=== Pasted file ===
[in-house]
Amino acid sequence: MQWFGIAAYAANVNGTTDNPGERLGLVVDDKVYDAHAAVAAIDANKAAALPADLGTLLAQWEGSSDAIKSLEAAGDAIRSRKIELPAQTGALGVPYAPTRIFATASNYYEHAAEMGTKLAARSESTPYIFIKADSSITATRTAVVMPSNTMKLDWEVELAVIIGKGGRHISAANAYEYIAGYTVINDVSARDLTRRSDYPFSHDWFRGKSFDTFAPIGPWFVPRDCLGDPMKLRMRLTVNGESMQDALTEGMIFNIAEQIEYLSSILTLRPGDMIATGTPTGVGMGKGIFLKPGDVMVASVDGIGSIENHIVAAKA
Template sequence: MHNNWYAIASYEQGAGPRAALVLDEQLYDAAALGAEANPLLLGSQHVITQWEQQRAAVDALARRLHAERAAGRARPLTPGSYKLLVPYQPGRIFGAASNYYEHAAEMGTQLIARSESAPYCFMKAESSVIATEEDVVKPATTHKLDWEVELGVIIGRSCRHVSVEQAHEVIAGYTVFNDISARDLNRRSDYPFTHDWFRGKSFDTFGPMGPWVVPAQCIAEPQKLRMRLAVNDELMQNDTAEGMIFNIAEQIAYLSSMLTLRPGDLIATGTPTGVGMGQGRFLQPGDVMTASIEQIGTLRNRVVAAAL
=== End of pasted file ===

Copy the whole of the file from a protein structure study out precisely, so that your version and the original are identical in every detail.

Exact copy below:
[in-house]
Amino acid sequence: MQWFGIAAYAANVNGTTDNPGERLGLVVDDKVYDAHAAVAAIDANKAAALPADLGTLLAQWEGSSDAIKSLEAAGDAIRSRKIELPAQTGALGVPYAPTRIFATASNYYEHAAEMGTKLAARSESTPYIFIKADSSITATRTAVVMPSNTMKLDWEVELAVIIGKGGRHISAANAYEYIAGYTVINDVSARDLTRRSDYPFSHDWFRGKSFDTFAPIGPWFVPRDCLGDPMKLRMRLTVNGESMQDALTEGMIFNIAEQIEYLSSILTLRPGDMIATGTPTGVGMGKGIFLKPGDVMVASVDGIGSIENHIVAAKA
Template sequence: MHNNWYAIASYEQGAGPRAALVLDEQLYDAAALGAEANPLLLGSQHVITQWEQQRAAVDALARRLHAERAAGRARPLTPGSYKLLVPYQPGRIFGAASNYYEHAAEMGTQLIARSESAPYCFMKAESSVIATEEDVVKPATTHKLDWEVELGVIIGRSCRHVSVEQAHEVIAGYTVFNDISARDLNRRSDYPFTHDWFRGKSFDTFGPMGPWVVPAQCIAEPQKLRMRLAVNDELMQNDTAEGMIFNIAEQIAYLSSMLTLRPGDLIATGTPTGVGMGQGRFLQPGDVMTASIEQIGTLRNRVVAAAL